Last week, in Merída, Mexico, the leaders of Chile, Mexico, Peru, and Colombia met to affirm their shared commitment to economic integration, growth, and competitiveness.

You may not have heard of the summit. In fact, a Google search of recent U.S. news articles covering the meeting of the “Pacific Alliance” turns up only nine results. It seems that while the United States’ key partners in Latin America were meeting to discuss critical economic and trade issues, America failed to pay much attention.

America’s disregard, however, makes little sense. With a total population that exceeds 200 million, the nations of the Pacific Alliance account for 34 percent of Latin America’s gross domestic product and 50 percent of Latin America’s total trade. In fact, trade in the four alliance countries is higher than that of the already two-decades-old Mercosur trade bloc.

First formed in April, the Pacific Alliance seeks to create a trade bloc along the Pacific Rim focused on promoting common trade interests, innovation, and investment. Meeting for the second time this year, the leaders of Chile, Mexico, Peru, and Colombia (with Panama in attendance as an observer) committed to signing a framework agreement to promote economic integration and the free movement of goods, people, and services within six months.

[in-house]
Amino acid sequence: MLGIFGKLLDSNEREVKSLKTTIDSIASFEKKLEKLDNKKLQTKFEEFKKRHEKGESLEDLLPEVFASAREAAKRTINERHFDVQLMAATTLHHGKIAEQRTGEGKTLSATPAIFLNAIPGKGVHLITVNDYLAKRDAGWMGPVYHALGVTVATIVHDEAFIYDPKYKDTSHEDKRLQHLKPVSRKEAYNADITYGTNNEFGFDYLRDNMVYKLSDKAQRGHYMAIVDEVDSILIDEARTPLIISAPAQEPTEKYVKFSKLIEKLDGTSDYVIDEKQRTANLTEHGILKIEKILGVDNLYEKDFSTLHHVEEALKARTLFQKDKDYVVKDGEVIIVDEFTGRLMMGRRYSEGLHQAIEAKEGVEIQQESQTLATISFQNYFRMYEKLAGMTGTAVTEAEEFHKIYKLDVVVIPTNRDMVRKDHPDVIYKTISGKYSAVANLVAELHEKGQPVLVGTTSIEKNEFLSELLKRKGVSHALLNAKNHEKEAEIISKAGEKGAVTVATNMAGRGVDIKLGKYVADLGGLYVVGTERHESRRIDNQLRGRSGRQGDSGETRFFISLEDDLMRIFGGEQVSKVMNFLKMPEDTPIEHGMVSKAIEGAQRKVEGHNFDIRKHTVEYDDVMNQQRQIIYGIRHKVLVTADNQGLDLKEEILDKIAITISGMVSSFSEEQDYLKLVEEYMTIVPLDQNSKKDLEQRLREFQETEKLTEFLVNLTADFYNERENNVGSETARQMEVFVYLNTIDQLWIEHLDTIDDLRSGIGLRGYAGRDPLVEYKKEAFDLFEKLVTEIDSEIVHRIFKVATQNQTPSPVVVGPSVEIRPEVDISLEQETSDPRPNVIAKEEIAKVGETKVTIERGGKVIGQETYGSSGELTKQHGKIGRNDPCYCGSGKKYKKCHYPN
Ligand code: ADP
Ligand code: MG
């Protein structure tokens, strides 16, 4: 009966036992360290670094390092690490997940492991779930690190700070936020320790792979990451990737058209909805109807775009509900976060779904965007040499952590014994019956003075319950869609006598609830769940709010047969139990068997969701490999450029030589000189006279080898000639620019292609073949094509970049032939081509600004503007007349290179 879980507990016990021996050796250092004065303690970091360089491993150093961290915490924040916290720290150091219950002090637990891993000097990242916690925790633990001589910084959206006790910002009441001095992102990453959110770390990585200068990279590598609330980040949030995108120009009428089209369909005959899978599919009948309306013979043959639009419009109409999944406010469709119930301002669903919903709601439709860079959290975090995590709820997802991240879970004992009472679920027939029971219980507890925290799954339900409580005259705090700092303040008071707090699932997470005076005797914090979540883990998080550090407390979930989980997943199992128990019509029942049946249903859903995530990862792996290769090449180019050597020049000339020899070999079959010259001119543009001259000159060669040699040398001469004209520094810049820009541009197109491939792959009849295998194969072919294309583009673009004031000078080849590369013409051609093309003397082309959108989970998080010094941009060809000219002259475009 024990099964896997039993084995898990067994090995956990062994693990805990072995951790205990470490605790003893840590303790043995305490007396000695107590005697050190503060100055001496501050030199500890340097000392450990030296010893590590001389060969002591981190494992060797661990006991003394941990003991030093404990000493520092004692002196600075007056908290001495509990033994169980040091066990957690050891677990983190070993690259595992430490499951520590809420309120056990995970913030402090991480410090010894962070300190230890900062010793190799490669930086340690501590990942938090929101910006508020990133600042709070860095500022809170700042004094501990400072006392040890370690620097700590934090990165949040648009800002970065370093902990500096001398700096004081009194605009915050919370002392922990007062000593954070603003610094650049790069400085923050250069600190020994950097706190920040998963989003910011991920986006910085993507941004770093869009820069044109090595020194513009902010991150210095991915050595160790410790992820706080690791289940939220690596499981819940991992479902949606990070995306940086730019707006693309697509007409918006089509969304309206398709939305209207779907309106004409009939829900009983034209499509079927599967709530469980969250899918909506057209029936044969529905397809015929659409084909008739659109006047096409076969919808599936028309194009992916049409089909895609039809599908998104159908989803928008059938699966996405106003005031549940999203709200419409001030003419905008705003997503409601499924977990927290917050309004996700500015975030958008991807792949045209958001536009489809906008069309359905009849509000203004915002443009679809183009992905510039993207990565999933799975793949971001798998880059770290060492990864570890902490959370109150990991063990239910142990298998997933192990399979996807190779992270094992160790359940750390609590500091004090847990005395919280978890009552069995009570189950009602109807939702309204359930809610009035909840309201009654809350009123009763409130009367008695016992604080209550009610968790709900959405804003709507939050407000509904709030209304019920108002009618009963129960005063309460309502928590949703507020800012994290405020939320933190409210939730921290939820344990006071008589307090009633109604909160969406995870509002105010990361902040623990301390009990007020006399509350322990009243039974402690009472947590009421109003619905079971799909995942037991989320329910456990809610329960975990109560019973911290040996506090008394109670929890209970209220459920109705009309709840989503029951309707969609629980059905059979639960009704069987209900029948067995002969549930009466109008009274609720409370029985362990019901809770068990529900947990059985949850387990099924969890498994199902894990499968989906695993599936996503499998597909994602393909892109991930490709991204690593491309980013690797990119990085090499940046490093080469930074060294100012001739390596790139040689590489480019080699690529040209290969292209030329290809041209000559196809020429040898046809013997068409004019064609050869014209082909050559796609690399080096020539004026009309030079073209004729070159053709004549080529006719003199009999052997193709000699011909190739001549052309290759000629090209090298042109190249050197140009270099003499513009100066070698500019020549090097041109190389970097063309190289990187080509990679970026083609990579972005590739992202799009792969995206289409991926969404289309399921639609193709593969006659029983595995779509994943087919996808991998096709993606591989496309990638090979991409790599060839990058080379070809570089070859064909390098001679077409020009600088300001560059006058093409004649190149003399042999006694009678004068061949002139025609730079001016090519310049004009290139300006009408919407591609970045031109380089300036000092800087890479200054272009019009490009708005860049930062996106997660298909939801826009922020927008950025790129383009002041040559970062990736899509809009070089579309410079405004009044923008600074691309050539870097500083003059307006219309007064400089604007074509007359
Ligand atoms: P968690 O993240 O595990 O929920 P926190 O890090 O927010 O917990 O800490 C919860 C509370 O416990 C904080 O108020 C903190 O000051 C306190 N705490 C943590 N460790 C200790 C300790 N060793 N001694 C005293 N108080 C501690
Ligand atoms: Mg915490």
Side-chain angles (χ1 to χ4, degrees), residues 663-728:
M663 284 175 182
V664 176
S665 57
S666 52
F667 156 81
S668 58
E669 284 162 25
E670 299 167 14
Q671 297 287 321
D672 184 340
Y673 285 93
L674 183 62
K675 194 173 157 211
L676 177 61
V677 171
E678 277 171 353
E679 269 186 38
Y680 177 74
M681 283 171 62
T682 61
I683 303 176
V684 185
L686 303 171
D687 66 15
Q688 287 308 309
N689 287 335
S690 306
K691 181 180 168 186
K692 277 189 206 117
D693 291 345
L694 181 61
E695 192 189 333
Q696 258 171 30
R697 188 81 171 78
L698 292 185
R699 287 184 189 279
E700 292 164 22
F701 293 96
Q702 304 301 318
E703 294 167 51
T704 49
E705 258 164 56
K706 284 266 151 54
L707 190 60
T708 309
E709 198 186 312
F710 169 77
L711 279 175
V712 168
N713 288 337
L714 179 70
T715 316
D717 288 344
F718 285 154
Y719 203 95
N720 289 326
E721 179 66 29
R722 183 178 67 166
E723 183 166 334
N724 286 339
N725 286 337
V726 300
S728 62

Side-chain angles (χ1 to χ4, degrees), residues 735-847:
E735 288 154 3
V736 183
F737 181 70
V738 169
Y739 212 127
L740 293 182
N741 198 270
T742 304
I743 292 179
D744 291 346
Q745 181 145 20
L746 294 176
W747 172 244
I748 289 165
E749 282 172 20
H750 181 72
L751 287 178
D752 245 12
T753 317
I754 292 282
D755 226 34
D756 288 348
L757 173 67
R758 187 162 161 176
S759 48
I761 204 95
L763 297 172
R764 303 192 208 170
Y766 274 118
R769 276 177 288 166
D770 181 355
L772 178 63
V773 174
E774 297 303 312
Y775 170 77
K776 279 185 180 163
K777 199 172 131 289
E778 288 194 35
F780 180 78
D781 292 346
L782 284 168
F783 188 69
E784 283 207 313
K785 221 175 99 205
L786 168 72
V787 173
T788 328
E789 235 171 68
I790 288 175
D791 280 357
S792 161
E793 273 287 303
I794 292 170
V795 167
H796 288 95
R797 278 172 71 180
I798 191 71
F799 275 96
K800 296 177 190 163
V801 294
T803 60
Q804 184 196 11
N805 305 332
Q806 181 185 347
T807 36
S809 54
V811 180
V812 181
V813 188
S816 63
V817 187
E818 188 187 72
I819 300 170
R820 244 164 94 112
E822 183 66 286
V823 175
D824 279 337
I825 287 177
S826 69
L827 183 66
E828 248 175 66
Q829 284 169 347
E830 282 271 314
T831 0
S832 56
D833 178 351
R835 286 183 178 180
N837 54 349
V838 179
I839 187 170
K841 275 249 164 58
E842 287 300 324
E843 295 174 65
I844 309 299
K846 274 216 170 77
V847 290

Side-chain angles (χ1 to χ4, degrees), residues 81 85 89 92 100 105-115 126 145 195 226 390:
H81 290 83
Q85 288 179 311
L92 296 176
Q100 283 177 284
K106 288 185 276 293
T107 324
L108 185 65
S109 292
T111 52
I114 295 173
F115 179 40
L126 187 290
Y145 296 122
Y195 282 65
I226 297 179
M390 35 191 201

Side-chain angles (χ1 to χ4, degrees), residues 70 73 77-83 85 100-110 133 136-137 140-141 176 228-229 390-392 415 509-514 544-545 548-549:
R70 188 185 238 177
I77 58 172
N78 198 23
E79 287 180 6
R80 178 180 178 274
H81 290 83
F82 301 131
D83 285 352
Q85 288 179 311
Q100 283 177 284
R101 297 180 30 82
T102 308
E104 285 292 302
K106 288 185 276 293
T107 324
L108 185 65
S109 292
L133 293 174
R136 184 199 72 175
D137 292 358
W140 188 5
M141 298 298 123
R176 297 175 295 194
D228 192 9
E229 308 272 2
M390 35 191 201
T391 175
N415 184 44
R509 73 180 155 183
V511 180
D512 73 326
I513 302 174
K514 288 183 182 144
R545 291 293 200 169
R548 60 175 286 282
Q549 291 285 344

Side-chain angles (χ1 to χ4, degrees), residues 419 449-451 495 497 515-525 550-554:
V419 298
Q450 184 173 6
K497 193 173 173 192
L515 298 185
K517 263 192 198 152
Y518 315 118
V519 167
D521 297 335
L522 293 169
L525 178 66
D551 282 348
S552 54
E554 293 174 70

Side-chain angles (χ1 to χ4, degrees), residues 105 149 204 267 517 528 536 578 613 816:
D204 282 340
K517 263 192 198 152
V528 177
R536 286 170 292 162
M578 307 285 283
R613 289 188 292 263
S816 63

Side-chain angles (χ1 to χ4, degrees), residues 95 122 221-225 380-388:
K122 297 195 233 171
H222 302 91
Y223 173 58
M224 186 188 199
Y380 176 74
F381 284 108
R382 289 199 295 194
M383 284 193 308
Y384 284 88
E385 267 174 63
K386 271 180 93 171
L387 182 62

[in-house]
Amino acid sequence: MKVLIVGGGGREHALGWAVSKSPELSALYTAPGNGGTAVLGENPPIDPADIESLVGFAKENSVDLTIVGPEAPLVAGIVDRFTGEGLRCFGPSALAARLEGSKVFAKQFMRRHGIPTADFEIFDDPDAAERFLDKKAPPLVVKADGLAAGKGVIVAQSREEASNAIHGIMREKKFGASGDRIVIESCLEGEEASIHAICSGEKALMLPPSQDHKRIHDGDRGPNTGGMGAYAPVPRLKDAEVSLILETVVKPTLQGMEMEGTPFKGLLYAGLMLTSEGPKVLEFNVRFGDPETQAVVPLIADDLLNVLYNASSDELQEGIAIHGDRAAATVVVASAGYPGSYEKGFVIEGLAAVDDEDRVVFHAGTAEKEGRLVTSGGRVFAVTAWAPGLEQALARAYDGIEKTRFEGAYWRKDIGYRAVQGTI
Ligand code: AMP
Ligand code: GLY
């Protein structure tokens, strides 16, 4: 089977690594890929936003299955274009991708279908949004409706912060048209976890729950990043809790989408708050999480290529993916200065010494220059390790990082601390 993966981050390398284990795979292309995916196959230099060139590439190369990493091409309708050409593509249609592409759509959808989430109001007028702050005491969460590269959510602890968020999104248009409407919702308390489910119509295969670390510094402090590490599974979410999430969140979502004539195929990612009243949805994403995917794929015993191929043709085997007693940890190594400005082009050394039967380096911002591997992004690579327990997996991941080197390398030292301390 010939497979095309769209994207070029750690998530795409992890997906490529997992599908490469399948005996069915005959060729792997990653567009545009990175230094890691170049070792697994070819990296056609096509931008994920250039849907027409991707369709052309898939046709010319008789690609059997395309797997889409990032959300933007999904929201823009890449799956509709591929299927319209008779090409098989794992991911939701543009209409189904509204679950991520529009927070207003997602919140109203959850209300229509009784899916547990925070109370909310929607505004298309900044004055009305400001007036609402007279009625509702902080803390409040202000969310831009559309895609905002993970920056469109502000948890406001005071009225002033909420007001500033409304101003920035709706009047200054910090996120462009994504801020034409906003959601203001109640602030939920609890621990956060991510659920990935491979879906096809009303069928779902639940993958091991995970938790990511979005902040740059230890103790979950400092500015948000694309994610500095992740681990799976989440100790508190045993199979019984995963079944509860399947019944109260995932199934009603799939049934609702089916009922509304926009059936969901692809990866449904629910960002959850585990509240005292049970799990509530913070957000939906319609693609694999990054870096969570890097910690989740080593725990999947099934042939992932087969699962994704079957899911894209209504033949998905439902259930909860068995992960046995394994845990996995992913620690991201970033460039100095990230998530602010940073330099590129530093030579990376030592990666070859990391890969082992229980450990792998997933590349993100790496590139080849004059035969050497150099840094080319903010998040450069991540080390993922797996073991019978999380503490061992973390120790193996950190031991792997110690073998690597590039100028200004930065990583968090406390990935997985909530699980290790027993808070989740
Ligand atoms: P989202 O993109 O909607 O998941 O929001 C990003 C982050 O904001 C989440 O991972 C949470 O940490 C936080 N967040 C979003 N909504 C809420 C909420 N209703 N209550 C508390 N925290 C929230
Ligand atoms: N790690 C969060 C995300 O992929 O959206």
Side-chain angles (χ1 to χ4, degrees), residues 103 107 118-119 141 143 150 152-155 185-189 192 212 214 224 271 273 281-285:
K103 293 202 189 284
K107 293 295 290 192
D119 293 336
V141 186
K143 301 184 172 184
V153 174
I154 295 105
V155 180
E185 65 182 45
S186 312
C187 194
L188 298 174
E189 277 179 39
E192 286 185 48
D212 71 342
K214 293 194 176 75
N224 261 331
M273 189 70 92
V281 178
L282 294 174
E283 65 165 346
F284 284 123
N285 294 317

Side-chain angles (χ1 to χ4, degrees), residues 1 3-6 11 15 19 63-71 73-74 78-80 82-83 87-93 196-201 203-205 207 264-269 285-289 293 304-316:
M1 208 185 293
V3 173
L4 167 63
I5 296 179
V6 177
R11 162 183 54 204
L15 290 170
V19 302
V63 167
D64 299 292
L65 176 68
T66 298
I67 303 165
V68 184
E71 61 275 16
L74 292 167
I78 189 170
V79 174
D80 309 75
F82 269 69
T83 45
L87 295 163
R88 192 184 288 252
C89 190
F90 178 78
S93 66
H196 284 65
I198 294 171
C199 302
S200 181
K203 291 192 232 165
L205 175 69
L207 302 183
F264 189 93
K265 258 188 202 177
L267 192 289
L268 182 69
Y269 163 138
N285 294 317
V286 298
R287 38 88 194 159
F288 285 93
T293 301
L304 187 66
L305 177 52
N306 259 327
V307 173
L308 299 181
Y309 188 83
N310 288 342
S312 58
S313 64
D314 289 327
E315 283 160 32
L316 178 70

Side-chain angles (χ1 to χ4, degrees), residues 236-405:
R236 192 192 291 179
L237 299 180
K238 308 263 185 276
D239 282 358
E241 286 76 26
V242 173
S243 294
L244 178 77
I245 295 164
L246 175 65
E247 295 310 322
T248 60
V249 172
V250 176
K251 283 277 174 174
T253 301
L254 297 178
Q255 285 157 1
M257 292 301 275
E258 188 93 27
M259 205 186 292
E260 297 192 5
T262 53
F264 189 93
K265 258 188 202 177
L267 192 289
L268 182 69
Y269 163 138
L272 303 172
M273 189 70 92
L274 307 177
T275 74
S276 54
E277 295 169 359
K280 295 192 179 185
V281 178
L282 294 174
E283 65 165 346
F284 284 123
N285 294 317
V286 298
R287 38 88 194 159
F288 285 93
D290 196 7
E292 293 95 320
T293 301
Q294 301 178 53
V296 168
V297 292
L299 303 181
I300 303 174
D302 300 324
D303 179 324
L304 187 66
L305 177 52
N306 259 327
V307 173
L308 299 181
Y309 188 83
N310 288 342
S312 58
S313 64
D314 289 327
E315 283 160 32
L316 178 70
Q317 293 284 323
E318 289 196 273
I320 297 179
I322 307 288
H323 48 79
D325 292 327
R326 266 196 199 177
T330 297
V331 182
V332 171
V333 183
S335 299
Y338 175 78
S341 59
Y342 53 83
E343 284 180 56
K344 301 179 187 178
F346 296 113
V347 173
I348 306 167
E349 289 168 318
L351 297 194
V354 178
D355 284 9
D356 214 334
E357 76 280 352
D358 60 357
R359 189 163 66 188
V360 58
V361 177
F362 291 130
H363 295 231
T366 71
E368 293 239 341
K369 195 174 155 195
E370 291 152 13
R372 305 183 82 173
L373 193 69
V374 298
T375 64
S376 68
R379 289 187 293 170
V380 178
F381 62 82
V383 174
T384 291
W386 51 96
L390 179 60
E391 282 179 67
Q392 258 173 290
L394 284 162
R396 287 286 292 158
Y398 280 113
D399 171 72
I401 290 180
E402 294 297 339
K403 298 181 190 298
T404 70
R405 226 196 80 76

Mexican President Felipe Calderón proclaimed at the summit, “Today, we are taking a crucial step for the future of our region.… It’s an unprecedented force that is key in an insecure global environment.” Of course, he also went on to explain that “economic growth in the years to come will not be motivated by growth in the United States.”

With the recent economic downturn and after the U.S. free trade agreements with Colombia and Panama were put on hold for years, it really should come as no surprise that some members of the Pacific Alliance have become disenchanted with the United States. Yet the U.S. can still turn these relationships around and take a vested interest in the Pacific Alliance process.

Speaking specifically of U.S.–Peru relations earlier this year, Heritage analysts James Roberts and Ray Walser explained that “a shared commitment by both countries to opening the Pacific Rim for trade and market opportunities will add jobs to the U.S. and reinforce deeply rooted U.S.–Peruvian ties of trade and friendship.” Likewise, the economic efforts of Chile, Colombia, Peru, and Mexico could serve as a democratic and free-market counterweight to the continuing leftist movement through Venezuela, Ecuador, and Nicaragua, as well as an increasingly independent Brazil.

The United States should not let our allies in Latin America continue to question our resolve. Offering U.S. support to the Pacific Alliance’s free market objectives is truly in the best interests of all.